The West Virginia Division of Culture and History will continue its new Collegiate Series featuring a lecture on Abraham Lincoln and West Virginia statehood with Marshall University Professor Kevin Barksdale on Feb. 11, and a lecture on the Civil War with West Virginia University (WVU) Professor Peter Carmichael on Feb. 12. Both programs begin at 7 p.m. The lectures will be held in the Norman L. Fagan West Virginia State Theater at the Cultural Center, State Capitol Complex in Charleston. The series consists of performances and lectures by students and faculty from West Virginia University and Marshall University. First Lady Gayle Manchin is the host of the program. The Collegiate Series is free and open to the public.
The Monday, Feb. 11, program entitled “From Lincoln’s Desk: Secession, Slavery, and the Birth of West Virginia, 1861-63” features Dr. Kevin Barksdale who will recount the formation of the state of West Virginia from the political perspective of President Abraham Lincoln. The lecture will examine Lincoln and his cabinet’s role in the hotly debated political issues surrounding West Virginia statehood.
Barksdale will use correspondence between the Lincoln administration and the political leadership of western Virginia to capture the internal debates, political calculations, and personal opinions that emerged among the president and his closest advisors regarding the constitutionality, political expedience and potential windfalls of supporting the admission of West Virginia into the Union as America’s 35th state.
Despite Lincoln’s central role in the eventual creation of the Mountain State, his support for the statehood movement was not a foregone conclusion. The president grappled with the constitutionality of the creation of West Virginia and the movement’s relationship to the contentious issue of slavery and the ongoing Civil War. “In the end, by reexamining the politics of statehood from the political vantage point of Lincoln, the creation of West Virginia amidst the chaos and tragedy of the Civil War becomes even more remarkable,” Barksdale concludes.
Barksdale is an assistant professor of history at Marshall University who specializes in Appalachian regional history and West Virginia history. A native of Greenville, S.C., Barksdale received his Ph.D. from WVU. Most of his scholarship focuses on the Appalachian frontier and he has published articles on the Whiskey Rebellion in northwestern Virginia and a forthcoming article on the Spanish Conspiracy in eastern Tennessee. Currently, he is completing a manuscript on the post-revolutionary Franklin statehood movement entitled “The State of Franklin: Partisanship, Power, and the Post-revolutionary Contest for the Tennessee Valley” which is slated for publication in the fall of 2008 by the University Press of Kentucky.
The Tuesday, Feb. 12, program entitled “Civil War Generals Take to the Football Gridiron” features Dr. Peter S. Carmichael who will offer football as a popular metaphor for war. Marching into enemy territory, breaking the defense, and sweeping around the flank are just a few phrases that are drawn from military terminology.
Carmichael will take the analogy of football and war in a new direction by creating an all-star football team of Civil War officers. “Imagining the positions that either a Robert E. Lee or Ulysses S. Grant might play offers new ways of thinking about leadership during America’s bloodiest conflict,” he says. Carmichael will offer his lineup for an all-star team of Union and Confederate generals as a way to better understand why military professionals either enjoyed glory or suffered defeat on the battlefield.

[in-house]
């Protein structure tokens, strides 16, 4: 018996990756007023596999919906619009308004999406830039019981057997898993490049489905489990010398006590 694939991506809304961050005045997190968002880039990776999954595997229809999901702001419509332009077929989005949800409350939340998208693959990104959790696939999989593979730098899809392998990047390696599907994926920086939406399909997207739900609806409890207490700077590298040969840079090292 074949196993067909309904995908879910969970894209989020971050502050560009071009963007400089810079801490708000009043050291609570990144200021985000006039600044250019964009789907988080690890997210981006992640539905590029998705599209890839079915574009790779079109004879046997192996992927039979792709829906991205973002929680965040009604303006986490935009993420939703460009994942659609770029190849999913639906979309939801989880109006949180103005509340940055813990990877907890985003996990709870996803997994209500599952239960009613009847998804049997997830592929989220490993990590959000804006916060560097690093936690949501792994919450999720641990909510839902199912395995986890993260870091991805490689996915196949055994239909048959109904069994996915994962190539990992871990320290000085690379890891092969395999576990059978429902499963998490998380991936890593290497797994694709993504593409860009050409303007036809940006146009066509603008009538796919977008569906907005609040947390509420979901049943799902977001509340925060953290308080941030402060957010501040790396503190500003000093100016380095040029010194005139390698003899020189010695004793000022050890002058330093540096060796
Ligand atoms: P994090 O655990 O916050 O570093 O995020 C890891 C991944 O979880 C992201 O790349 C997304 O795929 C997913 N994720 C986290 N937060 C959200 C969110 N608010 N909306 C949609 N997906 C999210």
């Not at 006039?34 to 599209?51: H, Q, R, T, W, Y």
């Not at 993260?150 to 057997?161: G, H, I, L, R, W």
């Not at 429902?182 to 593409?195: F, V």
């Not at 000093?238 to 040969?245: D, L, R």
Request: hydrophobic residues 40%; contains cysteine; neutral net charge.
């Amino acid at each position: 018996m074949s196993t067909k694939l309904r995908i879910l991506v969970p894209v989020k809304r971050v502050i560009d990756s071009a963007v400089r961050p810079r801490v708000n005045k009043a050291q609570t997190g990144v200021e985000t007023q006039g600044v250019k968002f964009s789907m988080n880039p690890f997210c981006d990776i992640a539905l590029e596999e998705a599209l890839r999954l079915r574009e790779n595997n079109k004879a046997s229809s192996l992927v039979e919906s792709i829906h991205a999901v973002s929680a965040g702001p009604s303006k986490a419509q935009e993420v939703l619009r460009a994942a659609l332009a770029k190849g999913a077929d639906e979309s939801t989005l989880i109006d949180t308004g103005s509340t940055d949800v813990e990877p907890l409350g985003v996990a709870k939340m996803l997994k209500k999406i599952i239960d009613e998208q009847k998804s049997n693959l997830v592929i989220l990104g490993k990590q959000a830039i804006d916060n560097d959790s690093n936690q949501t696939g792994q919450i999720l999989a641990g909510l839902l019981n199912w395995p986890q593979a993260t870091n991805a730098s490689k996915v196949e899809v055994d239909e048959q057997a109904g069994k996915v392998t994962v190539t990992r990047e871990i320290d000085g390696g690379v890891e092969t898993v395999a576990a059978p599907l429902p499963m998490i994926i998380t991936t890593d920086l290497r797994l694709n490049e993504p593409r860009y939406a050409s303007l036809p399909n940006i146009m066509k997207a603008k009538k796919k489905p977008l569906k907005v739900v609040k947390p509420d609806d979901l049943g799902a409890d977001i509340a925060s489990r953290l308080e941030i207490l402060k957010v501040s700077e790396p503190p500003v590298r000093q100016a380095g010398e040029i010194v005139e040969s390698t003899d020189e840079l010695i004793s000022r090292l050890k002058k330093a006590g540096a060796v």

Carmichael received his Ph.D. from Pennsylvania State University (PSU) and is a professor of history at WVU specializing in Civil War studies. He also has taught at PSU, Virginia Commonwealth University, Western Carolina University and University of North Carolina at Greensboro. His recent book The Last Generation: Young Virginians in Peace, War, and Reunion is one of the few scholarly studies that follow the trajectory of a Southern generation across the divide of the Civil War in order to better understand how southern identity was constructed and reshaped in response to changing political and economic circumstances. Carmichael’s current book project, Black Rebels, will explore the experience of slaves who served Confederate soldiers.
A reception, sponsored by the West Virginia Humanities Council, will follow Carmichael’s lecture.
For more information about the Abraham Lincoln and West Virginia Statehood talk, the Civil War lecture, or the new Collegiate Series, contact Jacqueline Proctor, deputy commissioner for the Division, at (304) 558-0220.
The Collegiate Series will continue on Monday, Feb. 25, when WVU Professor Joseph Lupo will discuss art and printmaking and on Tuesday, Feb. 26, with a concert by Marshall University’s Bluetrane Jazz Ensemble.
The West Virginia Division of Culture and History, an agency of the West Virginia Department of Education and the Arts, brings together the state’s past, present and future through programs and services in the areas of archives and history, the arts, historic preservation and museums. Its administrative offices are located at the Cultural Center in the State Capitol Complex in Charleston, which also houses the state archives and state museum. The Cultural Center is West Virginia’s official showcase for the arts. The agency also operates a network of museums and historic sites across the state. For more information about the Division’s programs, visit www.wvculture.org. The Division of Culture and History is an Equal Opportunity/Affirmative Action Employer.
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